Workwise, I've got several balls in the air at the moment... I've been writing an essay on teaching, starting the article on the Minneapolis anti-porn movement, shuffling all the etiquette material I collected in DC, and reading early twentieth century planning journals.
The latter is full of discussions of how to improve the "civic good" (as defined by a bunch of middle class white people) through changes to the built environment. Under discussion are things like trash cans, street lighting, rest rooms, playgrounds, and parks. They agonize in great detail over designs for each of these items. What is most sanitary? What will be most aesthetically pleasing? How will the design impact people's behavior? Because I am interested in the reforms pushed by and for women, most of the journals I am reading come from the "City Beautiful" camp of city planning (as opposed to the "City Efficient" movement). These reformers and planners firmly believed that a beautiful environment and one designed to meet the needs of the population (play spaces for children, for example) would convince people to act better toward their city and their fellow residents. "Good" planning as a means of alleviating social tensions was at the foundation of the field of urban planning -- whichever camp the planners were coming from -- and I suspect that basic concept has not changed much even down to today (though ideas on how to do it certainly have).
Today the powers-that-be in Ypsi are trying their hand democratizing the practice of planning. The city has at least one urban planner, has master plans for parks, and conceptual designs for the Huron River Corridor. But today, all of these are coming before the public in an effort generate ideas and suggestions for revamping two of the city's finest parks: Frog Island and Riverside. I've got to wonder how much of today's design charrette is going to be about Murph and other city officials managing the public's expectations. I'm anxious to see what my neighbors bring to the discussion -- if they come at all. Oh, I'm sure some of the usual suspects (Pierce, Maynard, Getto) will be there, but will the stroller-pushers, dog walkers, joggers, and bench loungers also come? I hope so. And then there is the part of me that wonders, for all I know about historical efforts to design, redesign, and use public spaces, particularly parks, will I (that'd be Prof. Smarty Pants to you) have anything of use to offer?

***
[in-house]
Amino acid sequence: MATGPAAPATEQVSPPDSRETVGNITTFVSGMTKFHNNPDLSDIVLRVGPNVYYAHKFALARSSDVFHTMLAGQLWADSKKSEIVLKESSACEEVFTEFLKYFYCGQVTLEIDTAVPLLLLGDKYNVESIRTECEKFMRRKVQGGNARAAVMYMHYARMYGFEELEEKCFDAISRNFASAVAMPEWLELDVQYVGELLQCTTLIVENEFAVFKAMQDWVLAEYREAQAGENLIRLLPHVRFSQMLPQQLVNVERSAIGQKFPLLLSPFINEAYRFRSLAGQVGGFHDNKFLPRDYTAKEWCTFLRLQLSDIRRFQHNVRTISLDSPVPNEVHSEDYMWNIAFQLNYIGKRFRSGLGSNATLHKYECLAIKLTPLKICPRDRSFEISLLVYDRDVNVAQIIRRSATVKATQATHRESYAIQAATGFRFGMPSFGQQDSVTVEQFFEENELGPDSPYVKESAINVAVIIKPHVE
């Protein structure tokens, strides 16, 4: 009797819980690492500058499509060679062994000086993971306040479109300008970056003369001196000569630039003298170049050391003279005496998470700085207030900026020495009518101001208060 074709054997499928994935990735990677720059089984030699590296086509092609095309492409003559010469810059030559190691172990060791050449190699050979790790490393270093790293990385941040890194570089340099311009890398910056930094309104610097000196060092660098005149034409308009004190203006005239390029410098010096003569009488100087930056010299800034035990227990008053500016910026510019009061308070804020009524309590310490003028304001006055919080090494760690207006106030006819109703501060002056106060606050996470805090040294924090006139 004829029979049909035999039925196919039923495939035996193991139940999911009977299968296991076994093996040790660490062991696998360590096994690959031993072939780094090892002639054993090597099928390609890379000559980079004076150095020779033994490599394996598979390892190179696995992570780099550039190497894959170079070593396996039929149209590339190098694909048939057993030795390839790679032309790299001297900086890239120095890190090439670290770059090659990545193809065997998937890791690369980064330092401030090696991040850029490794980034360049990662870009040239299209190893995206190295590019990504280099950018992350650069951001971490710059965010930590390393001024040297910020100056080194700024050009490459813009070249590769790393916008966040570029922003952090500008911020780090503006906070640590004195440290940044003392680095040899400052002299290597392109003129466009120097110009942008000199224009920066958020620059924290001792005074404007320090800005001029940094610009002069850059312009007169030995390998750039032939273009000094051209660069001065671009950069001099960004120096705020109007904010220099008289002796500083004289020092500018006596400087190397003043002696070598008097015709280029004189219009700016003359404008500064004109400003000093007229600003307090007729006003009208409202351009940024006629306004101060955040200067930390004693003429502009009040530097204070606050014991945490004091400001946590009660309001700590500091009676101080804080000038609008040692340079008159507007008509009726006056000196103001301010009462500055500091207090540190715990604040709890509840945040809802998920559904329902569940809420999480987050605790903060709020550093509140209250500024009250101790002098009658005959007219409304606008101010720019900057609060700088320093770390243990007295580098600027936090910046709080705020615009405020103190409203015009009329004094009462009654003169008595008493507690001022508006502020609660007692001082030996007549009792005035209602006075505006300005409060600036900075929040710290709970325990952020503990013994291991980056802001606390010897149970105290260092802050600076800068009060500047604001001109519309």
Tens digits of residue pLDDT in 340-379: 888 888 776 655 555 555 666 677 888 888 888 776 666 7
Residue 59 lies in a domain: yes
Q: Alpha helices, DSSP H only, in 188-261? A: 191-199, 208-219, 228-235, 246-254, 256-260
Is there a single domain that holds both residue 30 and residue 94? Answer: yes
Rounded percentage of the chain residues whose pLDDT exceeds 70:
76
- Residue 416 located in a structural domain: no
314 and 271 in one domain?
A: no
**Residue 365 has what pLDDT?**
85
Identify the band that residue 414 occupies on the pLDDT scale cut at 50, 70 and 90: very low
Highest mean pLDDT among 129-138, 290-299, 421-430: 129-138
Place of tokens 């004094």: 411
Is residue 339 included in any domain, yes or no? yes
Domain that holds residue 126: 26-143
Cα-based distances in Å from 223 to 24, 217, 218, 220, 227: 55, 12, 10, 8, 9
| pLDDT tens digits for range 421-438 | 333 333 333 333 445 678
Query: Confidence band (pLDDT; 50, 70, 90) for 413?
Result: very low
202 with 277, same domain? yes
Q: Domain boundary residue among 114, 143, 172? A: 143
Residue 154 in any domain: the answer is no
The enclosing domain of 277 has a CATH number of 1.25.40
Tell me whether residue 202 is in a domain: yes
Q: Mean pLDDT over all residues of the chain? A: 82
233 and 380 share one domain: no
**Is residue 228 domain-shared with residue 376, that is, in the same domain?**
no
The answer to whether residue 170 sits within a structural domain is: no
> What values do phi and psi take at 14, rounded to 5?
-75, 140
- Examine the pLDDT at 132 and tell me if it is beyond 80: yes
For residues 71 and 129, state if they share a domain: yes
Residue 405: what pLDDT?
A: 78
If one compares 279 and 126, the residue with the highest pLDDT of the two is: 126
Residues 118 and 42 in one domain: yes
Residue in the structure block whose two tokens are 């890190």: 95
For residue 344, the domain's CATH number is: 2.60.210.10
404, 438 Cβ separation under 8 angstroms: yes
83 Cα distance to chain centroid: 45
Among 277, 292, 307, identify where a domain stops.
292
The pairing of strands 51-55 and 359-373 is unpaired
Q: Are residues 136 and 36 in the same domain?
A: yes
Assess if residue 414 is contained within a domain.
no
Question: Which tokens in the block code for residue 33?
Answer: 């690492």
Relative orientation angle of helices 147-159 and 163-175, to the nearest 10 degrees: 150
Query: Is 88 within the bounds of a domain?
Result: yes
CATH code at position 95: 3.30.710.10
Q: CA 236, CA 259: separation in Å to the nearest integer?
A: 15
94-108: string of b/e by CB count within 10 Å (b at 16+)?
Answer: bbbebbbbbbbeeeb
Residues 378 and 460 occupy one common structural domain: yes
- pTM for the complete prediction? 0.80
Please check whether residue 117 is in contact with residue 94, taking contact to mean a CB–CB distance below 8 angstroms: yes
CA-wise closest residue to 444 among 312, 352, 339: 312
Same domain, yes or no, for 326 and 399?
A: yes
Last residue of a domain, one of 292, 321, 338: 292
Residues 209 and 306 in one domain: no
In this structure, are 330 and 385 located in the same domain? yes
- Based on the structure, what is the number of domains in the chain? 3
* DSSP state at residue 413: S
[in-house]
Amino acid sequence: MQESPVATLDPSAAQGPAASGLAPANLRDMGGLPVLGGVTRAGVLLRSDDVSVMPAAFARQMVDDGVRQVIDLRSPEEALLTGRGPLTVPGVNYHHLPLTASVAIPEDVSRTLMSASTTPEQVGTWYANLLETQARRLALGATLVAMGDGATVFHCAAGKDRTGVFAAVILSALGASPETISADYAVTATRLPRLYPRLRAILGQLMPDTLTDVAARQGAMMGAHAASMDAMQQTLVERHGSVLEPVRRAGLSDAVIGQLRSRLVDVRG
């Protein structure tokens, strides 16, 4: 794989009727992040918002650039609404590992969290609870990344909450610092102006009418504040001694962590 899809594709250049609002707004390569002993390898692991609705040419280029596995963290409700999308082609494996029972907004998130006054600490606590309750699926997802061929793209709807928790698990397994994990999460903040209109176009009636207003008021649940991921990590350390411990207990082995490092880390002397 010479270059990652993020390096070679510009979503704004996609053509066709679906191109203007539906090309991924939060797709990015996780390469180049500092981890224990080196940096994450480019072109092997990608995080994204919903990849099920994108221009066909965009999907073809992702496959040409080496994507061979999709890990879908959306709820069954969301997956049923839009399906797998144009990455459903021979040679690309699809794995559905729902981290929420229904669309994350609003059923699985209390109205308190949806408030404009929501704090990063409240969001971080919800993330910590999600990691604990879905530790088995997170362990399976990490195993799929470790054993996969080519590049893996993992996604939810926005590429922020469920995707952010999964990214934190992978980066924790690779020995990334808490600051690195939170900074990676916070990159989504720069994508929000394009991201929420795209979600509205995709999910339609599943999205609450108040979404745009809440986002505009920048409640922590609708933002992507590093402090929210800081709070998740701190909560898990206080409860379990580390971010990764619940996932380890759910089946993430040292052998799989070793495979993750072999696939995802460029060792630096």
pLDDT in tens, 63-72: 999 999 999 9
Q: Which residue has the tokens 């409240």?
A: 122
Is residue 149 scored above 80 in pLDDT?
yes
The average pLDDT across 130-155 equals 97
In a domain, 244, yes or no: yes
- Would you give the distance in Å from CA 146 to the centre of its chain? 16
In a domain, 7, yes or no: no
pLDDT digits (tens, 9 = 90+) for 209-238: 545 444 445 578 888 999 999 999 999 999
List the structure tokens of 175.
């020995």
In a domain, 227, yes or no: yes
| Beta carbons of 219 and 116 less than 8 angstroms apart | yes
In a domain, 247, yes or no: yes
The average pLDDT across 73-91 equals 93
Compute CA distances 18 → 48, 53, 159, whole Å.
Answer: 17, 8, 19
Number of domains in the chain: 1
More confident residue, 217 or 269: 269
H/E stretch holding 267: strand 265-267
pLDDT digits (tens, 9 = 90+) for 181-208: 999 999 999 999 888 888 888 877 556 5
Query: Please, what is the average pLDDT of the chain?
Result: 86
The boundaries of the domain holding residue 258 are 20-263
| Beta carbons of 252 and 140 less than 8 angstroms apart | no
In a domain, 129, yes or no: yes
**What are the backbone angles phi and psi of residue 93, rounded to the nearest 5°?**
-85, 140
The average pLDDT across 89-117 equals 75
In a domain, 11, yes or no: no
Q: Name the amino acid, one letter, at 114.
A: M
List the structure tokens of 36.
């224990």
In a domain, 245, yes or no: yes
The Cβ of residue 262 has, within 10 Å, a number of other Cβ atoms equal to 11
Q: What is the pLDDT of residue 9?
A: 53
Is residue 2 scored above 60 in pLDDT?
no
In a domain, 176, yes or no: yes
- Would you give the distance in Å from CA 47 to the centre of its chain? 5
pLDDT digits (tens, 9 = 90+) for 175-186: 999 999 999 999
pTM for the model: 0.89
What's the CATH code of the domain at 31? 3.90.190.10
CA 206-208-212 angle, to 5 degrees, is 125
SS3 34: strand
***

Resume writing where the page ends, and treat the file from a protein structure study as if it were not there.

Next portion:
I do love these parks and use both of them regularly. So what is my wish list for these parks? I want them to remain fairly natural -- the biggest draw for my kids is that they can stand on the river's edge and throw sticks in the river and watch the current catch them (and they can do this for hours). I want them to continue to be festival friendly. For a tiny city, we have the best festivals around. Space should also be open for community group events that do not have the funds of a big festival. I want the parks to continue to function as a bike-friendly cut through from downtown to Depot Town and the Corner Brewery (though the upper path around Frog Island should be widened and better maintained). There should be a decent place to pee while one is there. It should be lit, but not in an obnoxious, light-polluting way. Friendly kid space back from the river bank would be swell -- so caregivers for small people can zone out in the sun without worrying that Suzy is going to go from slide to river in a blink of an eye. Signage should be better -- including a map of the park system. Pedestrian/bike entrance should be more inviting -- the end off Cross is all about the cars when it is open and when it is not... well, it still hides the park behind the drive/parking lot and people have to go through the parking lot to get to the tridge. There should be bike racks near every entrance. There should be non-stair ways into the park at every access point for bikes, strollers, and wheelchairs. Boat pull outs would be swell -- I'd love to kayak to the Heritage Festival! I'd like the dog runners to continue to be able to use some part of the parks for that -- it is nice group of folks who regularly turn out with their pups after work. I would also like the parks to be able function as a political space (place of public discourse, a physical location for the public sphere, if you will -- that last bit of language was just to thrill the Habermasians out there). If we can festival in the parks, we should be able to rally in them without having to negotiate a bunch of red tape with the city (I'm concerned that once more infrastructure goes into the park the city will make them harder to use for such purposes). Ooh, and how about some cool public art? All the better if it is useful art (like play structures or bike racks). Okay that is probably enough wants for now...
If'n you want to come out and participate, the charrettes are today (Thursday, Nov 8) from 3-5:30pm (this is the one I'm going to) and from 6-8:30pm at the Senior Center on Congress in Ypsilanti -- next to Rutherford Pool.
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